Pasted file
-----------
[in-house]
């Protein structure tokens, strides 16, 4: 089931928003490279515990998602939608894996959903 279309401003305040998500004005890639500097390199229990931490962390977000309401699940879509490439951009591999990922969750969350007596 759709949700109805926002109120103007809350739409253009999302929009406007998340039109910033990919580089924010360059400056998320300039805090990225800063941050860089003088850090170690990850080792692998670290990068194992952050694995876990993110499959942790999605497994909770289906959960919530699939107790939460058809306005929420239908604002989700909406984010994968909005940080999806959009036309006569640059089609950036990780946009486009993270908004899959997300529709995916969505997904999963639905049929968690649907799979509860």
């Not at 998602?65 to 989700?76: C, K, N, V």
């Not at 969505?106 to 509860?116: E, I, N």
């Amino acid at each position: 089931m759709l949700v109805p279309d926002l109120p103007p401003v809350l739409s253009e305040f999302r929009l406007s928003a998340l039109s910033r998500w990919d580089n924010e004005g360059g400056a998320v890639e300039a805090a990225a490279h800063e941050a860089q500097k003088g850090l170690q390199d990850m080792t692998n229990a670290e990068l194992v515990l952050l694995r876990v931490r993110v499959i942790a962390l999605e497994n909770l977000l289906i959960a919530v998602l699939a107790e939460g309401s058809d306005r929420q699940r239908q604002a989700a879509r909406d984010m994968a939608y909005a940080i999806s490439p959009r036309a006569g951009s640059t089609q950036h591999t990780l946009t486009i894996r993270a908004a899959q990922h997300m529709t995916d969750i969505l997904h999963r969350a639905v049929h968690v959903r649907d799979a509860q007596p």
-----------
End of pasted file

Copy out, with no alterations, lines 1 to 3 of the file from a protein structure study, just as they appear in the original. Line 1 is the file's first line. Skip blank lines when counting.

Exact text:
[in-house]
């Protein structure tokens, strides 16, 4: 089931928003490279515990998602939608894996959903 279309401003305040998500004005890639500097390199229990931490962390977000309401699940879509490439951009591999990922969750969350007596 759709949700109805926002109120103007809350739409253009999302929009406007998340039109910033990919580089924010360059400056998320300039805090990225800063941050860089003088850090170690990850080792692998670290990068194992952050694995876990993110499959942790999605497994909770289906959960919530699939107790939460058809306005929420239908604002989700909406984010994968909005940080999806959009036309006569640059089609950036990780946009486009993270908004899959997300529709995916969505997904999963639905049929968690649907799979509860």
């Not at 998602?65 to 989700?76: C, K, N, V």